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How to Properly Calculate Child Support in Texas

Child support is one of the most asked about topics both by current clients of the Law Office of Bryan Fagan, PLLC as well as prospective clients of our office. This is understandable as all parents are concerned with the well being and support of their children. The means by which child support is actually calculated and the component parts of the equation will be the topic of this blog post.

A three-step process for determining a child support obligation

If you expect to be the parent with the responsibility to pay child support this section should be of great interest to you. In order to calculate child support in Texas, a court will:

  1. Have to figure out what your net resources are
  2. Then take the appropriate percentage based on the number of children you are responsible (while subtracting a corresponding percentage in regard to any other children not before the court that you are responsible for)
  3. Look for extenuating circumstances that may justify either increasing or decreasing the statutory percentage utilized to arrive at your monthly child support obligation.

From my experience, attorneys for both you and your spouse will spend a great deal of time attempting to figure out exactly what your income is so that your net resources can be determined.

Why is child support necessary anyway?

Your child support obligation does not reflect your ability to pay just based on your income. Rather, the child support calculation takes into consideration resources from multiple places- not just your paycheck.

At the end of the day, we are talking about the well being of your child. Child support is meant to enhance the ability of your soon to be ex-spouse to provide the basic necessities for your child.

Head to the Texas Family Code to determine what net resources actually means

The Texas Family Code contains all of the income sources and other financial assets that can be utilized to calculate your net resources. Your salary/wages start off the list while fairly straightforward and predictable items like bonuses, tips, and overtime pay also make an appearance.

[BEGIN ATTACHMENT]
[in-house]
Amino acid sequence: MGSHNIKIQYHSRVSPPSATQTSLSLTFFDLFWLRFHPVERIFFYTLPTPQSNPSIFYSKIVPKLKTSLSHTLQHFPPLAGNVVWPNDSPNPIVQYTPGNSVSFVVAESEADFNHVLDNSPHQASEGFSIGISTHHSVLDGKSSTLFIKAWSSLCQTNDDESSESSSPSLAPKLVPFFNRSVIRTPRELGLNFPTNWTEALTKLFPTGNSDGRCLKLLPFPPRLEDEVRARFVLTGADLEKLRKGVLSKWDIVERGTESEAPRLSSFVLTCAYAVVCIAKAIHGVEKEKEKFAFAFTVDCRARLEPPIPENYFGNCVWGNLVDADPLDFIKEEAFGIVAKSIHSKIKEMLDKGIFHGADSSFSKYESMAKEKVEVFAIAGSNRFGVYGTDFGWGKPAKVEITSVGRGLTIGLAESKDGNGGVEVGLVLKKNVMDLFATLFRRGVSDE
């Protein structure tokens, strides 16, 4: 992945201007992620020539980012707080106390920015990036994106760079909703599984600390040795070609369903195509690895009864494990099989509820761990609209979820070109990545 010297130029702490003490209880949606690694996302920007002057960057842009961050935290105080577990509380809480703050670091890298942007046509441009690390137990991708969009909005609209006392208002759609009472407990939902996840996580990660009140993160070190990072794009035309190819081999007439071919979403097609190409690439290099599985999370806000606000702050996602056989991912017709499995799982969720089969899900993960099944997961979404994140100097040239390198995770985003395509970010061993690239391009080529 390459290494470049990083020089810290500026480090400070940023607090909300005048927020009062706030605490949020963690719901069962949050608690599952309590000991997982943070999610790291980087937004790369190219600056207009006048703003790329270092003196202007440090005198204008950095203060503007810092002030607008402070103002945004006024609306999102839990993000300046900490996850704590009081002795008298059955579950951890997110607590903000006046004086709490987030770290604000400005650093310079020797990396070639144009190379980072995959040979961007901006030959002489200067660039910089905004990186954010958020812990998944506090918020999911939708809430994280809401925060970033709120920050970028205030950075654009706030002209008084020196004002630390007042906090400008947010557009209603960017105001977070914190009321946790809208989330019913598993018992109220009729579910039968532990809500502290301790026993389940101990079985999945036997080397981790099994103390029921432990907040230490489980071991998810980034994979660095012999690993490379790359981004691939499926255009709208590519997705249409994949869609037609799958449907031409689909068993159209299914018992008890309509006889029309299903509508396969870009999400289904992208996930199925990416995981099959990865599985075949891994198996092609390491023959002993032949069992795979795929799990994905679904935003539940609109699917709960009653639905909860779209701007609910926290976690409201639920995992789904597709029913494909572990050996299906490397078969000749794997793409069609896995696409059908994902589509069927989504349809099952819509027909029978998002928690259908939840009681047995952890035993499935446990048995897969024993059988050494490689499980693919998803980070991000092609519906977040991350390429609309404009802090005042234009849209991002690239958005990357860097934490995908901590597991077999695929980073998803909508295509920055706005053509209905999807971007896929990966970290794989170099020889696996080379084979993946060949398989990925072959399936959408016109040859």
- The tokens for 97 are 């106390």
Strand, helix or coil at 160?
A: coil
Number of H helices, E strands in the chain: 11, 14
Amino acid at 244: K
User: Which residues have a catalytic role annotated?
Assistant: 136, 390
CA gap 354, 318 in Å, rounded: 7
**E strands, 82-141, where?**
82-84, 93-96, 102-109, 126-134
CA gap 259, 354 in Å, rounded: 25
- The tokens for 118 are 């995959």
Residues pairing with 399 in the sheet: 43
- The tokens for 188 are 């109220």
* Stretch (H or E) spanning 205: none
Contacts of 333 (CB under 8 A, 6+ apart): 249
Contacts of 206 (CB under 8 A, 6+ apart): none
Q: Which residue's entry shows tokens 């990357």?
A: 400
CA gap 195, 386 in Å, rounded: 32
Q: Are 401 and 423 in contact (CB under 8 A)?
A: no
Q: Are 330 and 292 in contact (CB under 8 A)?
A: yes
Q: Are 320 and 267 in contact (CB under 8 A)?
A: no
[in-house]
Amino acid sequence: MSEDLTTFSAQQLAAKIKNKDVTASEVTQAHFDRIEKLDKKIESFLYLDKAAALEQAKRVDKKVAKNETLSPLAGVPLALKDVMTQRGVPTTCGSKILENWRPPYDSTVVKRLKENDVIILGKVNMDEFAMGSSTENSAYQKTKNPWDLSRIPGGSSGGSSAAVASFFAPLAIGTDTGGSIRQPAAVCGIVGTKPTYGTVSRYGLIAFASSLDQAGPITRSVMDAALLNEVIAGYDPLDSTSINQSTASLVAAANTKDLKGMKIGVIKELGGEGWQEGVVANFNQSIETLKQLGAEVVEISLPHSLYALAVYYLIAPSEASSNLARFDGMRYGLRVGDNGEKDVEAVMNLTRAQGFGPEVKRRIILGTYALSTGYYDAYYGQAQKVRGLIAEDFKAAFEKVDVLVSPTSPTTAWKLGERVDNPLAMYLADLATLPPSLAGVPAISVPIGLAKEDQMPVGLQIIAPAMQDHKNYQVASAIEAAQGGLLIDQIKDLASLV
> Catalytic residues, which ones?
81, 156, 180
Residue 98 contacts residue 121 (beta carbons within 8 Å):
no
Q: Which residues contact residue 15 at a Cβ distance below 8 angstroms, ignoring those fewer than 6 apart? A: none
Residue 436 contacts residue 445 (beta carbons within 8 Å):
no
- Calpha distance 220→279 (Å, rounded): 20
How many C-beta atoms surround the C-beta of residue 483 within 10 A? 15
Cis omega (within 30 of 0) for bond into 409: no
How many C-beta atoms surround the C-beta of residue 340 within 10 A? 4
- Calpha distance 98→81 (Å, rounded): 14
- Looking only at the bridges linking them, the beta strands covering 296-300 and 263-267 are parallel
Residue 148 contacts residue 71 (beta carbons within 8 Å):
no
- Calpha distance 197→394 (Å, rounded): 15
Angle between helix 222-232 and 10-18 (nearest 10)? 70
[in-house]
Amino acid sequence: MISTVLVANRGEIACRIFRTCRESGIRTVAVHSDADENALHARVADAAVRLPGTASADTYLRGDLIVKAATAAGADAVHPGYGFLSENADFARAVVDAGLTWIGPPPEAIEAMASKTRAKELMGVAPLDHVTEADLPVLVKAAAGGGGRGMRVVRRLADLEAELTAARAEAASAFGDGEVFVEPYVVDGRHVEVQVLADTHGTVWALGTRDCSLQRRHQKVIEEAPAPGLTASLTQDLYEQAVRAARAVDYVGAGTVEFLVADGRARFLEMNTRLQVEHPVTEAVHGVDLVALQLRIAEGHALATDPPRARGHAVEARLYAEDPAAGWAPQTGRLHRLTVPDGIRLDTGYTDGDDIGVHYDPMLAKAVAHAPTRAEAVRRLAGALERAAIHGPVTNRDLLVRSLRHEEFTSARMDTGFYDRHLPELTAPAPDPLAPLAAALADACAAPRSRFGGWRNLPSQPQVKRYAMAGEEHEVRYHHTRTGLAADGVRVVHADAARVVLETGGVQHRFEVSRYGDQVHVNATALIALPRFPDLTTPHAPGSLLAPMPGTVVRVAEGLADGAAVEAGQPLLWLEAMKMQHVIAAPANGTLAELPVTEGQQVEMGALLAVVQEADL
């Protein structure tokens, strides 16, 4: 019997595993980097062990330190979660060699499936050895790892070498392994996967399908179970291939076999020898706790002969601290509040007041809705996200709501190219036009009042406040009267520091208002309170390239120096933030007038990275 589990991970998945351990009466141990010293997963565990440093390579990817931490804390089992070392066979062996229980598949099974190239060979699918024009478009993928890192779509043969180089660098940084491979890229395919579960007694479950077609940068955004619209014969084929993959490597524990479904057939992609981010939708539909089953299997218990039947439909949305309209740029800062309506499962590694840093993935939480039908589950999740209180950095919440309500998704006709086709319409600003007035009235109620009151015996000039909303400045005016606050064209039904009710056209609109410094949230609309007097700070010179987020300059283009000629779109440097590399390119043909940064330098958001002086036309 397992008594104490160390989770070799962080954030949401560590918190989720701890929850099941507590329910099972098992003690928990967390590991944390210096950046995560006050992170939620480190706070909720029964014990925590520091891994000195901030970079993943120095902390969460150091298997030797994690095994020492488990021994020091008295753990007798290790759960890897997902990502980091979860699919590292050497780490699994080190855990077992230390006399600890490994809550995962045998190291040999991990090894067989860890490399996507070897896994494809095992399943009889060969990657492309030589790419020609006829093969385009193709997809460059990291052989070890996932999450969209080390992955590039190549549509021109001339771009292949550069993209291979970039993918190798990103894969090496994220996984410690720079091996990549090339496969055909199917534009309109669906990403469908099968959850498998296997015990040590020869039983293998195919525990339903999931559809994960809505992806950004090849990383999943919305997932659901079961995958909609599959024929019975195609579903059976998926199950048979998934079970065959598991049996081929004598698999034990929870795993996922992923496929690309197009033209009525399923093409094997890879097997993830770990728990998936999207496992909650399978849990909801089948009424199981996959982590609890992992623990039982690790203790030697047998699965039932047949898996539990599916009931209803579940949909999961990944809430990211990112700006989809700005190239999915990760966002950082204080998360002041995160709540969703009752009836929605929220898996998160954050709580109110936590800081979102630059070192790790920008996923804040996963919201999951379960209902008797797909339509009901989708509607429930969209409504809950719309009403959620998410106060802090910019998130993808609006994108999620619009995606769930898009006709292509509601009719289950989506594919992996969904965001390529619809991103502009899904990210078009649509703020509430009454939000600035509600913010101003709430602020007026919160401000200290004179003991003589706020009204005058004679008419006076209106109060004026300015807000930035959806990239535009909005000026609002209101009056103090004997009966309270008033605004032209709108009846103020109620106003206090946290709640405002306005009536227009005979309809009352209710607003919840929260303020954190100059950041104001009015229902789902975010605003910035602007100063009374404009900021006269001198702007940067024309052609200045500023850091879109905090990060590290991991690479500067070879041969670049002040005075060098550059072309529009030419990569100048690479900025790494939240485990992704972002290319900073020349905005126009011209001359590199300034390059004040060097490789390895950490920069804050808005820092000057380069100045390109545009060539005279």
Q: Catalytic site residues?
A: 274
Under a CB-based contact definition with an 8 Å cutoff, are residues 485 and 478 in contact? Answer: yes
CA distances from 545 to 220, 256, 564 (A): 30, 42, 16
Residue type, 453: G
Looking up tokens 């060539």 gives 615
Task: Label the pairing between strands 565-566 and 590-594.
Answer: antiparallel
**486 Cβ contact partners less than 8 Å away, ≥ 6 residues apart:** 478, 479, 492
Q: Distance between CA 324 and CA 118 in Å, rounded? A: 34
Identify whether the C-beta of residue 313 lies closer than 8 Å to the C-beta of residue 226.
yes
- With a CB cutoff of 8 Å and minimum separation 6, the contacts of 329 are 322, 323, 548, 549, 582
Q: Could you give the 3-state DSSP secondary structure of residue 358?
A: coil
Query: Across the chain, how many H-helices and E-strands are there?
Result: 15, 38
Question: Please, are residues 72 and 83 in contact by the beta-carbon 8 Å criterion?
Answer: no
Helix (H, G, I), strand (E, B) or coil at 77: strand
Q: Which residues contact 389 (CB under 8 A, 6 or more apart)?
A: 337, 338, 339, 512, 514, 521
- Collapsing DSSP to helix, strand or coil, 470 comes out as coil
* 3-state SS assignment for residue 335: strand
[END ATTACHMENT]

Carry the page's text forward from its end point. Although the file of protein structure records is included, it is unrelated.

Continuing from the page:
Bigger ticket items like retirement benefits, capital gains and rental income from any property that you own are also subject to add to your potential child support obligation.

If you are a person who is not able to work due to an injury that you suffered on the job then you should be aware that unemployment benefits, disability pay and worker’s compensation payments are all fair game to be considered income for the purposes of calculating child support.

Income that is not actually income- at least not yet- can also count towards your net resources

If you own an asset that is not currently earning you any income (a piece of land, a home, a stock or other investment fund) but has the potential to at a future date the court may imply an income upon that asset.

On the other hand, if you do have an asset that is currently earning you income it is not wise to purposefully do something to decrease the amount of income that is being earned by that asset. I have seen courts go back and assign a value or income to that asset more in line with what the expected earnings would be.

Child Support based on the guidelines set forth by the Family Code are in your child’s best interests- until they’re not

A judge has it in their discretion to award a greater or lesser amount of child support based upon the circumstances that your family finds itself in. If you believe that your child should receive a higher than guidelines amount of child support then the burden is on you to prove that this is the case.